Rock On (I am going to refrain from the two exclamation marks) is an interesting mix of clichés neatly arranged in a fresh (for Bollywood) theme, a story that has its ups and downs but climaxes on a rare high that makes everything hitherto pardonable.
The story seems inspired by biographies of rock bands – such as Aerosmith’s Walk This Way and Kurt Cobain’s Heavier Than Heaven and picks up its characters from real life though they’re much toned down – I’m not entirely sure of the personal lives Indian rock bands’ members lead but for international rock stars, whose every move is documented, leading lives that don't have high-octane creativity-inducing drugs, reckless spending beyond their means, groupies, and multifarious relationships in them, will probably result in their excommunication from the club. But they also produce defining music and poetry music with soul and meaning that affects millions. Our boys are convent-educated girls in comparison and whose ‘poetry’ is about rhyming ‘na na na’ with ‘na na na’. Not that one is suggesting that the characters should’ve been like this, but this is what wannabe rock stars aspire for. And Magik is a band that aspires.
Abhishek Kapoor chooses a structure for the film that adds no substance and adds only a little style. The choice is flawed because it makes the film predictable at every stage. There are no twists or surprises at any juncture and you pretty much conjecture what happens next. You know there is going to be a fall-out, you know who it’s between and easily speculate why. Of course you also know what’s going to bring them back and what happens when they do reunite. Perhaps a more conventional non-linear structure would prevent this.
The build-up to the break-up is akin to one for an Ali-Fraser bout, but the actual event itself is anti-climatic. It needed more meat – as did the reunion. Imagine if the three have met at the old warehouse after ten years and in walks Akhtar. A moment’s pause, Rampal and he size each other up, the tension is tangible… Cautiously Rampal strikes the first few notes and Akhtar follows with the first few words– hey if you’re going the Bollywood way, run the full-course, eh?
The pacing is slow and deliberate. Though it takes its time to get into the groove after kick-off, eventually viewers have enough time to empathize with the characters (and there are 6, rather than the usual 2 which the best of Bollywood find hard to establish in three hours) and set the mood for each scene. The transitions are well thought out and the film flows unhindered, albeit predictably. The introspective scenes stand out as do Farhan’s dramatic ones. While some experiments fail (like the misplaced song from Prachi Desai’s point-of-view over the band rehearsing), most others work (the lead actor smokes!)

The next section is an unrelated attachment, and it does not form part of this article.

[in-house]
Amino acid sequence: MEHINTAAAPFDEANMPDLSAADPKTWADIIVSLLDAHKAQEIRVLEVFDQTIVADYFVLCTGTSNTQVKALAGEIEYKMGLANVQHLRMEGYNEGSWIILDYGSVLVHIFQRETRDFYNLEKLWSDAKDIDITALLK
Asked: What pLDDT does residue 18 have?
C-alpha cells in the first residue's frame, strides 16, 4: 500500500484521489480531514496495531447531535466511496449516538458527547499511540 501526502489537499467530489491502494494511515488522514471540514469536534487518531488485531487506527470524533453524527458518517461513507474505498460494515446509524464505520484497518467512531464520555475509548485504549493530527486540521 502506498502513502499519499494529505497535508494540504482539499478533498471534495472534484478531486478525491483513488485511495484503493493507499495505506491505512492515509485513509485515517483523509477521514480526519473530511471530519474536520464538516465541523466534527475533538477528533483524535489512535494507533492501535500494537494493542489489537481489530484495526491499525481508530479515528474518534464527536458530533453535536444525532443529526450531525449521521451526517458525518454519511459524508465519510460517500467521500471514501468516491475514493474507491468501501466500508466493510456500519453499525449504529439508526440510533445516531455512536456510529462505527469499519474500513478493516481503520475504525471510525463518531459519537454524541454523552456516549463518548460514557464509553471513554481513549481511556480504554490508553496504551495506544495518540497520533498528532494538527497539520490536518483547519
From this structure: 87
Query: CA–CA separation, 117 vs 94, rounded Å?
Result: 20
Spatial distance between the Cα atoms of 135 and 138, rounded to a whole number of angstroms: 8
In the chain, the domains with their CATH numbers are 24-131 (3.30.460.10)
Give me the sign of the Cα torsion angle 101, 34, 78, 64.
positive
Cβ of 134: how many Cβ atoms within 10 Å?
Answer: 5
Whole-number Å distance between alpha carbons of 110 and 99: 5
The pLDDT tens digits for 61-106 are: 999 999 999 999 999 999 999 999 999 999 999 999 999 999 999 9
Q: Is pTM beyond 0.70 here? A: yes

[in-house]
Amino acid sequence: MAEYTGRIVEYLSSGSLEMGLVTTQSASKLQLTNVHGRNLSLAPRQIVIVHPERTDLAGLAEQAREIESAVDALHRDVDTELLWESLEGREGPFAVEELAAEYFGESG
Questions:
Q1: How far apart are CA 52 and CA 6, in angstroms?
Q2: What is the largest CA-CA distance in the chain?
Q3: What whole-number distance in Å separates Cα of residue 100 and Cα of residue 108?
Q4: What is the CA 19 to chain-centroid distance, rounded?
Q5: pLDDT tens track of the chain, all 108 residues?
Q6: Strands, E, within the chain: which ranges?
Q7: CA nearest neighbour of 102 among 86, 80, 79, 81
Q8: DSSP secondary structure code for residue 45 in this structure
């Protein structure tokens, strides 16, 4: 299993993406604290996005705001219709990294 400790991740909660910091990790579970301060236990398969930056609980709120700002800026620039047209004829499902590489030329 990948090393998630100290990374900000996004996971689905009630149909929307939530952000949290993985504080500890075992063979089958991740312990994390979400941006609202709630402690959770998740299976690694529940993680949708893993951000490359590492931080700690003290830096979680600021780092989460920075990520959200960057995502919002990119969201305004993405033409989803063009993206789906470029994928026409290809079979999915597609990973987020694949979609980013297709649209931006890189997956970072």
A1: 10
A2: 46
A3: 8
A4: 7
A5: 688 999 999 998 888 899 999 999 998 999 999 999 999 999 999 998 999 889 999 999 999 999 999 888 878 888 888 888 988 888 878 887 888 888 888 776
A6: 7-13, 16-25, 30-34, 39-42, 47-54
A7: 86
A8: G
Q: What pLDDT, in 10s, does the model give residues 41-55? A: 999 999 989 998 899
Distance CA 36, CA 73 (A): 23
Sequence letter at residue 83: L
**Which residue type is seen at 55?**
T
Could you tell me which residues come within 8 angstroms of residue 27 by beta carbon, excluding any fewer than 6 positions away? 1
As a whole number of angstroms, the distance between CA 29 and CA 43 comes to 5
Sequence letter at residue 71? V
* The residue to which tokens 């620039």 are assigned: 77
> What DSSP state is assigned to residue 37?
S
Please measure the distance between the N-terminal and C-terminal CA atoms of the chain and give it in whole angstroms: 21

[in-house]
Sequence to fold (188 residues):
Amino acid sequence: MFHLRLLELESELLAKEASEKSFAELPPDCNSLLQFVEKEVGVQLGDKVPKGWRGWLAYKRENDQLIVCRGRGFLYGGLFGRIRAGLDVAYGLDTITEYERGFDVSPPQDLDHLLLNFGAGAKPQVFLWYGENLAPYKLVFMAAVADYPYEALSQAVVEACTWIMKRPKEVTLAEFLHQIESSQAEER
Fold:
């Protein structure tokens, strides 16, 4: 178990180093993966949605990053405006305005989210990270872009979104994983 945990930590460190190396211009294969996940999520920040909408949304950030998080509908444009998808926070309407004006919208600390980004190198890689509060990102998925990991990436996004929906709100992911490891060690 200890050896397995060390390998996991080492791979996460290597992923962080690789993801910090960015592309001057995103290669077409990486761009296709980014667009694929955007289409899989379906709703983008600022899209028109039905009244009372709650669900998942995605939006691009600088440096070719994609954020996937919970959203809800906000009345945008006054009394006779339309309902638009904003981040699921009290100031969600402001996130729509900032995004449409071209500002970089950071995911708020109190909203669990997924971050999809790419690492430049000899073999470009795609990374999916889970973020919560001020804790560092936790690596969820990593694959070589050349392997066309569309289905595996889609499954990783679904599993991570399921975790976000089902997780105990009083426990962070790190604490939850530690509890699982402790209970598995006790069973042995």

What really, really works for the film are the concerts. This is how concerts should be shot, this is what good cinematography is about (it’s pretty darn good for the rest of the film too) and the actors are in their element. But it’s the sensational, phenomenal music that puts the magic in Magik. Shankar, Ehsaan, and Loy have got the riffs to reverberate and the beats to boom for a long time to come. This is real rock. And it’s in a Hindi film. Take a bow.
Farhan Akhtar is surprisingly good, exuding a sense of naturalness in what he does – ignoring, yelling, and singing. In fact in certain scenes he reacts like you or I would, not like an actor at all! (Let’s hope this is good acting and he’s not like this in reality.) Purab Kohli fits like a warm sock and is very dependable, and the feisty Shahana Goswami is superb. Luke Kenny is the least effective of the band members and generally below par and every single time Prachi Desai makes an appearance, the film dips a few notches. But the real (rock) star of the show is Arjun Rampal. Easily his best performance ever, his screen presence is unmatched and so his restrained performance. Plus he must’ve seen hundreds of concert DVDs – he is Joe Perry, Steve Vai, Jimmy Page, and Eddie van Halen rolled into one. Spot on AR.
You’re never quite sure who this movie is for. Can’t be the forty-pluses, can’t be the older ladies. Can’t be young kids, can’t be the stall front-benchers at Gaiety-Galaxy. Could be college-types and twenty-somethings – but you’re messing around in their hallowed territory of rock and roll so it’s got to be pure and honest and un-Bollywood. Whatever, you’re going to probably like it.